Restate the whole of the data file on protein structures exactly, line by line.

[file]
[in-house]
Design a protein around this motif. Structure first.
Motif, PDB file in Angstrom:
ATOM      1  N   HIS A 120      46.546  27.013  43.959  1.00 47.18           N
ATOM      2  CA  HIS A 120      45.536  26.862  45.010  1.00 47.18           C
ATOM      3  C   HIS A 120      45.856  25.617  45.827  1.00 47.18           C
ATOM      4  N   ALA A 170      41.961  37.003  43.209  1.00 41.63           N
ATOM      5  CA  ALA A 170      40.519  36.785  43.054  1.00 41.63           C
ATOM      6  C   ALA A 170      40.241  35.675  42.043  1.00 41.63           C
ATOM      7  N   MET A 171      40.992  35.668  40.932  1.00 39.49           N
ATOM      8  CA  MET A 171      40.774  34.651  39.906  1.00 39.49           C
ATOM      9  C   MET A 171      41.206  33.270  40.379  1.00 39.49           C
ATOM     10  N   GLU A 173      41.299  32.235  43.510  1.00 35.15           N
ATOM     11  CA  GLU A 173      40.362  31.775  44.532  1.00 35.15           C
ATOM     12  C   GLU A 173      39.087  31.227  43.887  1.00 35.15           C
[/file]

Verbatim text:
[in-house]
Design a protein around this motif. Structure first.
Motif, PDB file in Angstrom:
ATOM      1  N   HIS A 120      46.546  27.013  43.959  1.00 47.18           N
ATOM      2  CA  HIS A 120      45.536  26.862  45.010  1.00 47.18           C
ATOM      3  C   HIS A 120      45.856  25.617  45.827  1.00 47.18           C
ATOM      4  N   ALA A 170      41.961  37.003  43.209  1.00 41.63           N
ATOM      5  CA  ALA A 170      40.519  36.785  43.054  1.00 41.63           C
ATOM      6  C   ALA A 170      40.241  35.675  42.043  1.00 41.63           C
ATOM      7  N   MET A 171      40.992  35.668  40.932  1.00 39.49           N
ATOM      8  CA  MET A 171      40.774  34.651  39.906  1.00 39.49           C
ATOM      9  C   MET A 171      41.206  33.270  40.379  1.00 39.49           C
ATOM     10  N   GLU A 173      41.299  32.235  43.510  1.00 35.15           N
ATOM     11  CA  GLU A 173      40.362  31.775  44.532  1.00 35.15           C
ATOM     12  C   GLU A 173      39.087  31.227  43.887  1.00 35.15           C